On pace to reap $29 billion in revenue this year thanks to its surging hepatitis C franchise, Gilead Sciences has the cash to pull off a big deal or two, and management is eyeing a slew of late-stage opportunities.
The Big Biotech wowed analysts with a $7.6 billion sales quarter, good for 52% annual growth, leading to an obvious question: What’s Gilead going to do with all that money? Expand its pipeline, R&D chief Norbert Bischofberger said on a conference call, pointing to “myriad external possibilities” out there on the market.
Gilead has largely shied away from big-ticket dealmaking since its $11 billion acquisition of Pharmasset–from which it acquired the then-inchoate hep C blockbusters Sovaldi and Harvoni. But, thanks in part to its bountiful cash flow, the company is now more agnostic about deal size, President and COO John Milligan said, worrying less about price than whether a target is “the right fit for Gilead.”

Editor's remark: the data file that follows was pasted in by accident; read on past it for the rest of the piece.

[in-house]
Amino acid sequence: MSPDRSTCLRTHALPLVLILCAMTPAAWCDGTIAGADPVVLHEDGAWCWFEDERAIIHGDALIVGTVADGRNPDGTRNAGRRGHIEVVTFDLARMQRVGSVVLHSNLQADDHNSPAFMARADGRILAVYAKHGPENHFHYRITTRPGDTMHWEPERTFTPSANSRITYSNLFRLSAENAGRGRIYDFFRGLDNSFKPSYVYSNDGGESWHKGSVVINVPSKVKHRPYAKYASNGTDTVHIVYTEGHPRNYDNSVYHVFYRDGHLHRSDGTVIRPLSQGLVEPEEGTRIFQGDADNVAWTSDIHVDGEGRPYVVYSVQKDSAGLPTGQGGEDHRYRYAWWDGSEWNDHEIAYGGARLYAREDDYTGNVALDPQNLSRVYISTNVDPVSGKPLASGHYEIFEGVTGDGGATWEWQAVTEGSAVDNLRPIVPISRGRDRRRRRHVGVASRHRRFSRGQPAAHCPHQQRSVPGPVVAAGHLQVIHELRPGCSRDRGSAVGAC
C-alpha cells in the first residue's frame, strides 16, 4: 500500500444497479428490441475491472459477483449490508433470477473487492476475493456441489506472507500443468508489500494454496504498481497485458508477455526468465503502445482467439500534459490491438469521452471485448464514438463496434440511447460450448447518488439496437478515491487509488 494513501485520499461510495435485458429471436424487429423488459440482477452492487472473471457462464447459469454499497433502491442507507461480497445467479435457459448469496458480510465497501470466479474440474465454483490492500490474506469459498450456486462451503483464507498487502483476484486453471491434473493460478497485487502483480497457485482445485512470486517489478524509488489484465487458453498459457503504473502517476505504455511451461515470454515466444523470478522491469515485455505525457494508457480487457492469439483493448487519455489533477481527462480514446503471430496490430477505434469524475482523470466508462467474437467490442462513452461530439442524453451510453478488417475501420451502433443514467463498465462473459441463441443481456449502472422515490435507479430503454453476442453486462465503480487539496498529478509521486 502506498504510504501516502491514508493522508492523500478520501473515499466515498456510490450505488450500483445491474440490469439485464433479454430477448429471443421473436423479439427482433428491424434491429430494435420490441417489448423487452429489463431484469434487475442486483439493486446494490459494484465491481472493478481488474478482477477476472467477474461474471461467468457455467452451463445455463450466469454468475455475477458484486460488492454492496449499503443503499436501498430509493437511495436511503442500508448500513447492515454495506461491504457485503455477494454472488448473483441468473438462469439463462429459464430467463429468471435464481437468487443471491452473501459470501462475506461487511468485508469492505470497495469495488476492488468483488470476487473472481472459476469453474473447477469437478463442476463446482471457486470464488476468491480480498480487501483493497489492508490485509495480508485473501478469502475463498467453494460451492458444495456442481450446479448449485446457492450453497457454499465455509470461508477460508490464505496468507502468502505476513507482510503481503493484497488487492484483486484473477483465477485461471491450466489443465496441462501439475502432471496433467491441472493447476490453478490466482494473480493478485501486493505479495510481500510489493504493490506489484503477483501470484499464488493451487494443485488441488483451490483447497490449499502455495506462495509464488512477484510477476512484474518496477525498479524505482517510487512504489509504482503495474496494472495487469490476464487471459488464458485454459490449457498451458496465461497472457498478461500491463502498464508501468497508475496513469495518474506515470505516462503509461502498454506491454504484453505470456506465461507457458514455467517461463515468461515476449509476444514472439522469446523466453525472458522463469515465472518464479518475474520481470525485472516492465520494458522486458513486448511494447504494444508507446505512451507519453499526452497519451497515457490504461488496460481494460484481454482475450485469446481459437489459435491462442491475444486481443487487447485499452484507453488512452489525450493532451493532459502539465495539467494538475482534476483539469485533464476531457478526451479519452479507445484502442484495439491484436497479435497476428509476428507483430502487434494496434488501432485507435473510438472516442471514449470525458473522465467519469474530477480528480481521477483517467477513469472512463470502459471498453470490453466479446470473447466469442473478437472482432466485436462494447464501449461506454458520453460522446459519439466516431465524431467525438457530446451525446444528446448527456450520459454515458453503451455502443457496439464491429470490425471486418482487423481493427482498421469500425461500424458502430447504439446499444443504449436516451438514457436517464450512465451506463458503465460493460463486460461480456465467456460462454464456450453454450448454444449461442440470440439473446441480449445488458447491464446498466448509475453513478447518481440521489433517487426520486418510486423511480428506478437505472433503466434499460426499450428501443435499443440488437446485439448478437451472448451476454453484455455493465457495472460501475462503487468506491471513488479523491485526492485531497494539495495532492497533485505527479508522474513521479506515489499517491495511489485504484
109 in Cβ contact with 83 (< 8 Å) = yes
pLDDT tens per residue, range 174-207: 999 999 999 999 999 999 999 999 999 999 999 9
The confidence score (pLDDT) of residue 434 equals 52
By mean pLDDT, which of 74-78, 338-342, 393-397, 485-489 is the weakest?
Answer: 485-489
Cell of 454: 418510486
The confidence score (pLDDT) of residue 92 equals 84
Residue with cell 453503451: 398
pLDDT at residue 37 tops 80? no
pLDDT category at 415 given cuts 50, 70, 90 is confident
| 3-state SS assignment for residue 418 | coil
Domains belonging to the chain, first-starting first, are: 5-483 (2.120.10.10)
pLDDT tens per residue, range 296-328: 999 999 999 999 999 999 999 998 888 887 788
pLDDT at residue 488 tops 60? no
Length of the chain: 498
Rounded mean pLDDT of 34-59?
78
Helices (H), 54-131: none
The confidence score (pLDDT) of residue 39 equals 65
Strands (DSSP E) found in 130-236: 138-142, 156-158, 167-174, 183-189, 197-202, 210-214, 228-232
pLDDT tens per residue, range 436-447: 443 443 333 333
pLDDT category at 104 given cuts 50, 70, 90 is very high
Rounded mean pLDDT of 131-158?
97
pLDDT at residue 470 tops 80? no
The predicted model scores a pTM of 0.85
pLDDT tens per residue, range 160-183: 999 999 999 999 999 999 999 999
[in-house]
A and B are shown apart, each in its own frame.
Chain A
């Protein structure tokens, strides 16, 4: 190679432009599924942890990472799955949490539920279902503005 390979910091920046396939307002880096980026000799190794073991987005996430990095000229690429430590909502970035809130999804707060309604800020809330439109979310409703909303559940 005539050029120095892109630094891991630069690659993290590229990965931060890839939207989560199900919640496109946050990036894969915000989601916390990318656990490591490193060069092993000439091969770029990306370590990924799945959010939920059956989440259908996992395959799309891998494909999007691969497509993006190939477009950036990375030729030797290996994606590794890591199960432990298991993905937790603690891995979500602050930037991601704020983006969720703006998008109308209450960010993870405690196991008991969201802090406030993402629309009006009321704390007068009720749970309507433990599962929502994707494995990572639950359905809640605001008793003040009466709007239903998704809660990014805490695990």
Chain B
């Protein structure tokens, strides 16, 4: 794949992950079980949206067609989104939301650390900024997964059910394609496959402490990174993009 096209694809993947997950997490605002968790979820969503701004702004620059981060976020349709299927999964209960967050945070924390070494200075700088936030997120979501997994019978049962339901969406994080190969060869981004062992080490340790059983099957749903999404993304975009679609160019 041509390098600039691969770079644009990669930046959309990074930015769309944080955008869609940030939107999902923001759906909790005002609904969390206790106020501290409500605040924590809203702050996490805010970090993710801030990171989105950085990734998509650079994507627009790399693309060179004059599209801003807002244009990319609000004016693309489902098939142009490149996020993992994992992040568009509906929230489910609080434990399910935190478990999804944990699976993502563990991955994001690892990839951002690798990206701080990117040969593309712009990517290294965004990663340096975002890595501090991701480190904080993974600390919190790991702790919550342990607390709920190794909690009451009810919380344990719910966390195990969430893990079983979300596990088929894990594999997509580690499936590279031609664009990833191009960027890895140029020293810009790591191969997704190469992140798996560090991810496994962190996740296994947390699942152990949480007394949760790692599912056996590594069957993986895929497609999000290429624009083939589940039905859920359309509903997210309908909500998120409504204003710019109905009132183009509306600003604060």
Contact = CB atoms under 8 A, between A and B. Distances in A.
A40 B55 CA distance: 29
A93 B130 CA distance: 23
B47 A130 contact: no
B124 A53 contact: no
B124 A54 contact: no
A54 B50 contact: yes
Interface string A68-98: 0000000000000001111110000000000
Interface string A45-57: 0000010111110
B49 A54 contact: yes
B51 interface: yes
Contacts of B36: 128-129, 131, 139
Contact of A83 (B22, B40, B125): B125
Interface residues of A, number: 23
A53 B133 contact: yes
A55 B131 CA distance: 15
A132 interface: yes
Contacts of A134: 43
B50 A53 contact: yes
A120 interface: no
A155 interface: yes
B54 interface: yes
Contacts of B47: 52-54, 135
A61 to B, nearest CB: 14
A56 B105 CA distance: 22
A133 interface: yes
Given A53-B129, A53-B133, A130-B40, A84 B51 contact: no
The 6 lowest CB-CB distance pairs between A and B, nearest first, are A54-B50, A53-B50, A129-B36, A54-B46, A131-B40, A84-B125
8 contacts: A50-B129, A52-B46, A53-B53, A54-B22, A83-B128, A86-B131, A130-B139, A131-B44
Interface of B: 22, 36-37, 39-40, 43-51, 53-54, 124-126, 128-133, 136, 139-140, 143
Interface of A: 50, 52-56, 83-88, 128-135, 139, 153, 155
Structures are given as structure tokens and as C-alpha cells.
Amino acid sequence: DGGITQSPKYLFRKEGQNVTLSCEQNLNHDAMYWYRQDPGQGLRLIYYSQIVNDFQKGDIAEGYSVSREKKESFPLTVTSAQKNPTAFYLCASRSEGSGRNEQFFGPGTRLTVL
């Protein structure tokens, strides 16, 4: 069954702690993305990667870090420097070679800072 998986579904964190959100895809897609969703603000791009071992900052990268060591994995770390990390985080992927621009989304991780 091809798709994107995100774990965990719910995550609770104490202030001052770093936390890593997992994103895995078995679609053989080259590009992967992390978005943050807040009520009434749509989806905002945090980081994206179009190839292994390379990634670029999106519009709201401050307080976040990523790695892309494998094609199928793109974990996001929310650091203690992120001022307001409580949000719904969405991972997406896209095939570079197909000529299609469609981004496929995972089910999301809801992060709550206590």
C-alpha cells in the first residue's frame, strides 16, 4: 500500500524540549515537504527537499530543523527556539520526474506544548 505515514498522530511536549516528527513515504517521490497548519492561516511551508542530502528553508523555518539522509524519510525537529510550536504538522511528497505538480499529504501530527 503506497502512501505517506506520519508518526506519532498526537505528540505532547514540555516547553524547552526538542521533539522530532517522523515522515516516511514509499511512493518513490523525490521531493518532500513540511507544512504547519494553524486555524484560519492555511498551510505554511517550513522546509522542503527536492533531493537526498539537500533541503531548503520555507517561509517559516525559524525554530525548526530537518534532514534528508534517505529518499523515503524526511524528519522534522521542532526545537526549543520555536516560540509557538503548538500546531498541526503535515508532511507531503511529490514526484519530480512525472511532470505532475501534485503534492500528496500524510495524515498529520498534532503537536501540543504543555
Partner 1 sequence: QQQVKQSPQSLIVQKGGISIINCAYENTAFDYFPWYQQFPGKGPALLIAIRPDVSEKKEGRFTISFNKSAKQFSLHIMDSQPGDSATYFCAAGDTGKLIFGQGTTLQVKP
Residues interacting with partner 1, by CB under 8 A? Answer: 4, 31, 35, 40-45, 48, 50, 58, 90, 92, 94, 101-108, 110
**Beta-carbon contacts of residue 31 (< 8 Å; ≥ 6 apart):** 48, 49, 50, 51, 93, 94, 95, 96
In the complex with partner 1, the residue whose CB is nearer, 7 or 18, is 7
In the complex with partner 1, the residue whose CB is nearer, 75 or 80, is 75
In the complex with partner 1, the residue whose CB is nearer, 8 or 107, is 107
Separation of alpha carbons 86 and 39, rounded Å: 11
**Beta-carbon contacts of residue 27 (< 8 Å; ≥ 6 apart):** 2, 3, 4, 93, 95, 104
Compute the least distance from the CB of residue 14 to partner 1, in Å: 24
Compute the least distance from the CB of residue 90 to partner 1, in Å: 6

“We typically like things where we can have impact on Phase III and where we can accelerate those products either into the approval process or into greater indications after the approval process,” Milligan told analysts. “… So, we’re open to suggestion–there have been many mentioned out there–but I would say that I want to stick very closely to kinds of (therapeutic) areas we’re in here today.”
That likely means more asset-minded deals, like Gilead’s $600 million buyout of the cancer biotech Calistoga Pharmaceuticals or its $470 million partnership with the NASH-focused Phenex Pharmaceuticals.
But, walking back comments made last year, Gilead is no longer ruling out major M&A.
And, as Milligan mentioned, analysts are happy to suggest just where Gilead should direct its checkbook. Bernstein’s Geoffrey Porges has urged the company to take a $45 billion plunge on Vertex Pharmaceuticals to get a foothold in orphan drugs, and other analysts have pointed to NASH leader Intercept Pharmaceuticals, which has a market cap of roughly $6 billion.
By Damian Garde